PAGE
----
Last week some readers made comments that piqued my curiosity. They wrote that reading my blog inspired them to start blogging too. That’s wonderful! My first thought is brilliant! Grab a pen and start writing! Then I started thinking about what they might find rewarding about blogging, and how blogging has affected my study habits, process, and progress. You might expect that regular, weekly writing would benefit students in some predictable ways, like organization or efficiency. It does, but some of the most satisfying and relevant rewards are less predictable, and even surprising. I thought I would share…
Did you know that ‘Prodigy’ and ‘Prodigal’ are found on the same page in the ‘Oxford Dictionary Usage Guide’? They share a page, and quite nicely frame the academic dilemma that occurs around this time of year. My academic dilemma revolves around the exam time tables and marking scheme papers. Both deadlines are quickly approaching making this a time of year for nail-biting and a general student-angst.
It is time to start writing for the Marking Scheme*. The Marking Scheme is a great way to assess how my work is progressing and what my exam experience will be like. Writing is a skill, like reading, or note taking. Writing under exam conditions, writing research papers, or creative writing are very different things, just like reading critically and reading for pleasure require a different perspective. Learning to read and write in different ways is quite an education, if you will pardon the pun.
Julia Child once called foie gras and truffles ‘necessary luxuries’. If you cook, you will appreciate the complexity a shaving of truffle can add to a dish. I like to think of my degree as a wonderfully complex sauce with many layers of flavor. For me, e-seminars and other support schemes are the foie gras and truffles in my ‘sauce study’. If you are new to distance learning or have not participated in an academic e-seminars you might wonder a bit about how an e-seminar can benefit you, what the process is like, and what you can accomplish in this learning support scheme. There are several benefits like the community of students, task coaching with a University of London faculty tutor, and engagement with learning process goals unique to the study of English & Comparative Literature. Each of these areas are very beneficial and have become, like a secret ingredient, the secret to my progress with my degree.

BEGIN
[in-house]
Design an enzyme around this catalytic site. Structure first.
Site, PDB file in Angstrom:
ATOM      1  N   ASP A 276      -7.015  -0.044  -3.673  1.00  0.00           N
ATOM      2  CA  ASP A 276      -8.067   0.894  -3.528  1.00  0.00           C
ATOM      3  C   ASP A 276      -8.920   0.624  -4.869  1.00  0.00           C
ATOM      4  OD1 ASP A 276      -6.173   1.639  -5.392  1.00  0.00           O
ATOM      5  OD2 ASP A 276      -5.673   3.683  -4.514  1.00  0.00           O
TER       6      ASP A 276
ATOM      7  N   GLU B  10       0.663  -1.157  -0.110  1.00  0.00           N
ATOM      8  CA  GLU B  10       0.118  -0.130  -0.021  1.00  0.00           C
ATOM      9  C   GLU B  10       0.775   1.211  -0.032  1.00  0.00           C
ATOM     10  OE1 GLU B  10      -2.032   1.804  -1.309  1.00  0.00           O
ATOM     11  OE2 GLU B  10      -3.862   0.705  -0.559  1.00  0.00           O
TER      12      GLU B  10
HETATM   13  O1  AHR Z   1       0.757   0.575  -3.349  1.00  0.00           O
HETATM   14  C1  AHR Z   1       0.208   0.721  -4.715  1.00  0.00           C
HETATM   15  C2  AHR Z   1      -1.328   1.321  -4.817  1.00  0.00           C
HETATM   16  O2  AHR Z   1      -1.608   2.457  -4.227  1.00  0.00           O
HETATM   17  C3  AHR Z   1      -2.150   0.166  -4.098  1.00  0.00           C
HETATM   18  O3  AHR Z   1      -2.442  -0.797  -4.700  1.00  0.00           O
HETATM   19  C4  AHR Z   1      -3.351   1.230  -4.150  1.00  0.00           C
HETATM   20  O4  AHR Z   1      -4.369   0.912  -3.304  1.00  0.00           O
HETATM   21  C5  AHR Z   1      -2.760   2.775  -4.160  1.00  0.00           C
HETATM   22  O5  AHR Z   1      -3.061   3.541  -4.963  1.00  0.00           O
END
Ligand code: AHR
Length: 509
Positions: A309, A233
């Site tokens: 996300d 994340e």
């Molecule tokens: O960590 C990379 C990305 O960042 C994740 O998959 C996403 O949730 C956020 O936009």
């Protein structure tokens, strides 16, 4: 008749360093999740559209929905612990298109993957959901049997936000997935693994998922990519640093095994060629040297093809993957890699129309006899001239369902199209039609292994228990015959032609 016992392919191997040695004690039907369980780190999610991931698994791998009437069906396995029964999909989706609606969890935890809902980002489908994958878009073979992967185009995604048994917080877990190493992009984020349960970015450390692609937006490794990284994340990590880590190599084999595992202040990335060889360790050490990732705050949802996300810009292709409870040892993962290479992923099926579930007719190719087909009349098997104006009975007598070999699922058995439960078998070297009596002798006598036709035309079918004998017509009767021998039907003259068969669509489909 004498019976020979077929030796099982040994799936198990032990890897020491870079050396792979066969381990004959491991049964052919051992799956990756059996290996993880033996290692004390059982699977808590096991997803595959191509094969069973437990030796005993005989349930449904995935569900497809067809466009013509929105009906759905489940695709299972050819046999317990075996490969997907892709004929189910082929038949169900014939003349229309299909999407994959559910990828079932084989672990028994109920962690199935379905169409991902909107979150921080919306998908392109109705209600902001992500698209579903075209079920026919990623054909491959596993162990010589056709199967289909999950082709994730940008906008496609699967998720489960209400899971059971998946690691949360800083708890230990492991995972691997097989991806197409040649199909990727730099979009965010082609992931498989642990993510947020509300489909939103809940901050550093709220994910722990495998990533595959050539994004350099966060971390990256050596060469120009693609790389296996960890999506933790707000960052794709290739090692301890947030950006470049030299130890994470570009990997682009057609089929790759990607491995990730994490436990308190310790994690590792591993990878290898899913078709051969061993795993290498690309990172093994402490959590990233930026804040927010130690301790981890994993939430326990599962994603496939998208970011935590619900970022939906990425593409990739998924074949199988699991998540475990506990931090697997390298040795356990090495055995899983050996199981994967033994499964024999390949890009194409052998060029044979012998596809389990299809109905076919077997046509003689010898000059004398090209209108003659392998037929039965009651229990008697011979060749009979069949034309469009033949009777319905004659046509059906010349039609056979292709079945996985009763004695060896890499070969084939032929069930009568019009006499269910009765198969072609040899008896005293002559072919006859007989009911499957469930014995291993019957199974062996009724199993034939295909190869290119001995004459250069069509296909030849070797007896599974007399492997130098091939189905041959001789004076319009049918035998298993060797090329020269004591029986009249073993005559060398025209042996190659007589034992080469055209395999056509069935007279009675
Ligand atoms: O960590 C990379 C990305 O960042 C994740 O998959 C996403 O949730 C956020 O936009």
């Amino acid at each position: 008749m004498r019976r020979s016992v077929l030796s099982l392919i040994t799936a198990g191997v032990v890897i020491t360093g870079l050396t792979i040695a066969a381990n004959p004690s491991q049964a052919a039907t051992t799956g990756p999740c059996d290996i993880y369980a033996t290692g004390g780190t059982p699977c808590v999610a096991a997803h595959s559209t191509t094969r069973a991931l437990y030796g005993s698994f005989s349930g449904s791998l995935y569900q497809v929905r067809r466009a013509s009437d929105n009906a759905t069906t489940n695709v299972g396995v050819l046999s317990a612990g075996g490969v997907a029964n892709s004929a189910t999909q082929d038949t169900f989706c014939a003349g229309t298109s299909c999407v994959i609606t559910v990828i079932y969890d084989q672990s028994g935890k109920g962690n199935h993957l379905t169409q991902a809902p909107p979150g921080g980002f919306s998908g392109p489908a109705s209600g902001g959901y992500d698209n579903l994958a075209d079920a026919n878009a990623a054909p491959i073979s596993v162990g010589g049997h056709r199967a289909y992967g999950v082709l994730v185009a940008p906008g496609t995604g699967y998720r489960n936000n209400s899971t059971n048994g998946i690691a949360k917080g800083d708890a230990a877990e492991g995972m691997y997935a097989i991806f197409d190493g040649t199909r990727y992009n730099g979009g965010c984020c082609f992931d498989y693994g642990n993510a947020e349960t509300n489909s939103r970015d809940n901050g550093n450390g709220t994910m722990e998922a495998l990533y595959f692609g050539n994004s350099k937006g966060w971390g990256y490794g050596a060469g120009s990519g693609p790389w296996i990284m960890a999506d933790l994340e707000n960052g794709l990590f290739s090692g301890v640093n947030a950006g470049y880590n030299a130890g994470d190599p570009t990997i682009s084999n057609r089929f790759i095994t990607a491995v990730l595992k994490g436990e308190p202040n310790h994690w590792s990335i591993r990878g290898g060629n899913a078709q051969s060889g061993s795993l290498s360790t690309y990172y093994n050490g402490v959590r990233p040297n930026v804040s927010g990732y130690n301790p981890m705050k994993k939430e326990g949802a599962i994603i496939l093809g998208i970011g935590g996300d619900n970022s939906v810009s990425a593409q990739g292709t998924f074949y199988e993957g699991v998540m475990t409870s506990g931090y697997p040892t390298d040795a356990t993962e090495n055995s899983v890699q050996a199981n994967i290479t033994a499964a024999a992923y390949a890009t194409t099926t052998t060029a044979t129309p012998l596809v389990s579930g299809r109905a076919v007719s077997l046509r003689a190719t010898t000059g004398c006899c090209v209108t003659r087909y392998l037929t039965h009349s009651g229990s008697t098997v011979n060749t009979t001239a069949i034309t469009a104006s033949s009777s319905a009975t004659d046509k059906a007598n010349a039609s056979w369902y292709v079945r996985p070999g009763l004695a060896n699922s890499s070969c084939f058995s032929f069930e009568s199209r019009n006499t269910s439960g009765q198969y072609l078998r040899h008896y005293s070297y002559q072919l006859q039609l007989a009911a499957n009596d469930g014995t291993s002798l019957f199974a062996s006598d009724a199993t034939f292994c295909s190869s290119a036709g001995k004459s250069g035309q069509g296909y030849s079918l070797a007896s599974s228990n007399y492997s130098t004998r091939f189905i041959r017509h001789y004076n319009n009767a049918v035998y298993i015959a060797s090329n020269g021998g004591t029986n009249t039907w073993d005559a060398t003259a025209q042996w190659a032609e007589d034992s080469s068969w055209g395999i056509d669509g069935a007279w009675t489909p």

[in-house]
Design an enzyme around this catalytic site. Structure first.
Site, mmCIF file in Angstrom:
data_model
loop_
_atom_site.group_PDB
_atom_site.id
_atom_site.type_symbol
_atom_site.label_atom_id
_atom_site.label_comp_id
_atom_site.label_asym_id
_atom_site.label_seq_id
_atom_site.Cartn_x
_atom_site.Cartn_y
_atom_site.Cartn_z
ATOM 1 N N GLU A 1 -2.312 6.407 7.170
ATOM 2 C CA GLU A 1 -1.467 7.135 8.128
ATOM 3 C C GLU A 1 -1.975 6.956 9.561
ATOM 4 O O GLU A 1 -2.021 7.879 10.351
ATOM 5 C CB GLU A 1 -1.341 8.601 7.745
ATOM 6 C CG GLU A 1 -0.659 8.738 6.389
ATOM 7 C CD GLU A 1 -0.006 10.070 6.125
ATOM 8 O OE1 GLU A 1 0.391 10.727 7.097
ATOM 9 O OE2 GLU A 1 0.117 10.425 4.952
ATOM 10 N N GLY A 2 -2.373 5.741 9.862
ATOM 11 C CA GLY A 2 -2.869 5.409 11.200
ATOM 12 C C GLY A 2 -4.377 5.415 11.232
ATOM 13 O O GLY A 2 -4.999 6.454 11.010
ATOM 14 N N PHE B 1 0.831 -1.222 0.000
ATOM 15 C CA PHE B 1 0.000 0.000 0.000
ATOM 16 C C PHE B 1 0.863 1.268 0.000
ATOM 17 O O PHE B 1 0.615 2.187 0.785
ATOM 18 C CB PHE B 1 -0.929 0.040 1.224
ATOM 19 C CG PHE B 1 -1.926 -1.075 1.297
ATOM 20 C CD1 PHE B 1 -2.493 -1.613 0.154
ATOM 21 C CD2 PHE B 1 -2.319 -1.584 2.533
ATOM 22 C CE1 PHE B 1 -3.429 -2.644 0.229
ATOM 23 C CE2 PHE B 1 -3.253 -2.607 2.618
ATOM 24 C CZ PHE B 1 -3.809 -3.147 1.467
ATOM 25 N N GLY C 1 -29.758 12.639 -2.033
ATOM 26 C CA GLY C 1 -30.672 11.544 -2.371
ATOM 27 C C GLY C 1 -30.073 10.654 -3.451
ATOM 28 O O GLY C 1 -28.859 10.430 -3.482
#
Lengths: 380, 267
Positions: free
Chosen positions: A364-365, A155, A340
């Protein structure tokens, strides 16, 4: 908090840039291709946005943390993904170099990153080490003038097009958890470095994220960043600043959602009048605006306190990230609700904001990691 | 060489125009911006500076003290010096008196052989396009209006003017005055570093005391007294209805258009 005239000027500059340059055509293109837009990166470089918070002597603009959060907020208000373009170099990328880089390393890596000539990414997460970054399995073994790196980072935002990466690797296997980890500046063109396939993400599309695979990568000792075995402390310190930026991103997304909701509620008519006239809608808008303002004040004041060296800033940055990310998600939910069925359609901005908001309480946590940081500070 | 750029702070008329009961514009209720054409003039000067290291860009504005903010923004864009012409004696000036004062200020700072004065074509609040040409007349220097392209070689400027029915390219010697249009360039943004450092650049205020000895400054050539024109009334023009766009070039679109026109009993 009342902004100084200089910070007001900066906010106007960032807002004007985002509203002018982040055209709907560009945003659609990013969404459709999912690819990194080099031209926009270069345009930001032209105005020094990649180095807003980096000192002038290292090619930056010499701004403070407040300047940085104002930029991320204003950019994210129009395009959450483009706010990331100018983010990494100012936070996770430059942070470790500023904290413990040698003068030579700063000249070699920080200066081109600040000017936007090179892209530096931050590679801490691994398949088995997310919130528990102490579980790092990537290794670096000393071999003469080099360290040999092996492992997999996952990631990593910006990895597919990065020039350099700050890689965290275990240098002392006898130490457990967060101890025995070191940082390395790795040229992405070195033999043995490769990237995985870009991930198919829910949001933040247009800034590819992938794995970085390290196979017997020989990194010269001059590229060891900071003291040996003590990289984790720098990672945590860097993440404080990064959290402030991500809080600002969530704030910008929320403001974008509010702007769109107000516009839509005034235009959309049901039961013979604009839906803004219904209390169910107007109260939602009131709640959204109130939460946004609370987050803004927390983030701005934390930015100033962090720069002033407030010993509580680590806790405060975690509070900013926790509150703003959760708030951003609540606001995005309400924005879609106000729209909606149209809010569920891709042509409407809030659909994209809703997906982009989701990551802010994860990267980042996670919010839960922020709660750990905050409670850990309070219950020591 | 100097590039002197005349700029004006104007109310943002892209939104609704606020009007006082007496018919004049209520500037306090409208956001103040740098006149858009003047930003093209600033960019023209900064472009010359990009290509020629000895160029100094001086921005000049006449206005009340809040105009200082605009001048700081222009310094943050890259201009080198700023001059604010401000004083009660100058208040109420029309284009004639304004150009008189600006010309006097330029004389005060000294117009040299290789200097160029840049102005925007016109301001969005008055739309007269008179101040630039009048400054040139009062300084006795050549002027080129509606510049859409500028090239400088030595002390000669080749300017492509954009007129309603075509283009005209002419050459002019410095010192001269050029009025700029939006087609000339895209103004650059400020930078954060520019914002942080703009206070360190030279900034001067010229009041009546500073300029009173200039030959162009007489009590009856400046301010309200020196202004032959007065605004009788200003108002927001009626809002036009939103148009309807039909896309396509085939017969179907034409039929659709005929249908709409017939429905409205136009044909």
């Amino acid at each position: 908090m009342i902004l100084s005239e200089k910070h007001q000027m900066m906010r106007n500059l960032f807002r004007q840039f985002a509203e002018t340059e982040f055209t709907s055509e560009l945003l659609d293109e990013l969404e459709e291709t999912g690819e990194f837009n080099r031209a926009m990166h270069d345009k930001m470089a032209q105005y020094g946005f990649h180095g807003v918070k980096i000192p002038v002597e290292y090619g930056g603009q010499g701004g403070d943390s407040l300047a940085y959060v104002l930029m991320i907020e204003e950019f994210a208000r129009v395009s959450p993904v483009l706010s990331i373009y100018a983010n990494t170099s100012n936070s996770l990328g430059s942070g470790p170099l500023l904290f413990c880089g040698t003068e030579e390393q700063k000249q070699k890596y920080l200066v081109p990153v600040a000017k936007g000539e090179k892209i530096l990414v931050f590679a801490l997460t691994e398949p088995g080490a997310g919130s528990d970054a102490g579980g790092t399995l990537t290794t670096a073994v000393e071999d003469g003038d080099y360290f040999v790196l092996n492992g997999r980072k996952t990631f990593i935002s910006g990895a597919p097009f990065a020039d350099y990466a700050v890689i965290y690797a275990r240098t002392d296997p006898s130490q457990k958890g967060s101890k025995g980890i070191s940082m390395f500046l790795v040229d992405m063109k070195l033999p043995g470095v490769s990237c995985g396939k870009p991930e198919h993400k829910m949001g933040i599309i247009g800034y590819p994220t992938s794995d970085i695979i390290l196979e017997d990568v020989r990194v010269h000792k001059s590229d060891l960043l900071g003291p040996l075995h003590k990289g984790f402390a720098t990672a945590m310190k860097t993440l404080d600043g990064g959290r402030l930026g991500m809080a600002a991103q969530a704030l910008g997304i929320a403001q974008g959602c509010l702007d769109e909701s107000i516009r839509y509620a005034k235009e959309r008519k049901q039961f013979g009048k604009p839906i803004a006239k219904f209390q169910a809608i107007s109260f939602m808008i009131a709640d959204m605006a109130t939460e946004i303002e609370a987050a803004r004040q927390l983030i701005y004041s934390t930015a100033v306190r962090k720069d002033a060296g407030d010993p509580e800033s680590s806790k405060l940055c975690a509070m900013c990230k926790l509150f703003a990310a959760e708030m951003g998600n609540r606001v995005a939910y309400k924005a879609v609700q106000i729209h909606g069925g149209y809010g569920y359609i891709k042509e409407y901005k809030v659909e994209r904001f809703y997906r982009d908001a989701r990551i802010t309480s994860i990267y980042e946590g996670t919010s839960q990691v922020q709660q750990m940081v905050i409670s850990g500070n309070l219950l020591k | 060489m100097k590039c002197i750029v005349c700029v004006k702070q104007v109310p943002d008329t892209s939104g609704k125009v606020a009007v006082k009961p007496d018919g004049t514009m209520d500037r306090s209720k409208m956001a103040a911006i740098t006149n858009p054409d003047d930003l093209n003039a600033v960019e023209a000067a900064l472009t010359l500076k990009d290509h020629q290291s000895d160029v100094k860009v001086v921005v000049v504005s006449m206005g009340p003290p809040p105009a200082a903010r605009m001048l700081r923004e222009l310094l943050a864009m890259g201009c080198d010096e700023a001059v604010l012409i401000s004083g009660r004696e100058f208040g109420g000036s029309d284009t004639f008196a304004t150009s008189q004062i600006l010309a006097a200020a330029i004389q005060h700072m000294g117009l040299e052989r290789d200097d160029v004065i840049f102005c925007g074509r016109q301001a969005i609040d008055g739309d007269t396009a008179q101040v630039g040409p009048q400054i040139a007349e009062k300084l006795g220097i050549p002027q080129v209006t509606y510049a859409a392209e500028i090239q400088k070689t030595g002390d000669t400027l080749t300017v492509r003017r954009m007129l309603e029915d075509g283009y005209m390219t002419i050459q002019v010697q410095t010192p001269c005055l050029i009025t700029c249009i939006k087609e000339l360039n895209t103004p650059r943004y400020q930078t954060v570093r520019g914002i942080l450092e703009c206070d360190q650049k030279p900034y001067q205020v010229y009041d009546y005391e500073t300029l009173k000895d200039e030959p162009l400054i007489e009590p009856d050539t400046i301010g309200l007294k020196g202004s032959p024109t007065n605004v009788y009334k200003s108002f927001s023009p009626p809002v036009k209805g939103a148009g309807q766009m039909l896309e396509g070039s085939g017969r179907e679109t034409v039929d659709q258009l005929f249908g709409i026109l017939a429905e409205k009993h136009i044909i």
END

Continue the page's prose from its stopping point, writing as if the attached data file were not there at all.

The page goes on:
Maybe it’s because of my day-job, but you’ll never find me with a pen in my hand if I’m reading a book. Playing every day in an orchestra means a large turnover of music with new pieces to be learnt quickly: our usual format is two days rehearsal and then a concert, although we can sometimes squeeze in one day’s rehearsal for a concert. The point is that you always need to mark your music with conductor’s directions, personal reminders or a witty anagram of the composer’s name. The golden rule is “no ink.”
Jane Purves is a current MSc Organizational Psychology student who has studied the distance learning programme in Canada and now in the UK. In this video Barbara speaks about the experiences of studying while raising a family and the challenges she faced.
If you would like to find out more about studying for this course visit the University of London International Programmes website – MSc Organizational Psychology.
WATCH THE LONDON GRADUATION CEREMONY
The University of London External System broadcast its 2010 London Graduation Ceremony, live from the Barbican on Monday 15 March 2010.
There is now an opportunity to access complete coverage of the ceremony as video-on-demand, visit:
Please note: To watch the Graduation Ceremony we recommend that you upgrade to the latest Flash Player version, which can be downloaded for free. Visit the Graduation Ceremony page to find out more: http://www.londonexternal.ac.uk/graduation/index.shml
Don’t forget your headphones either …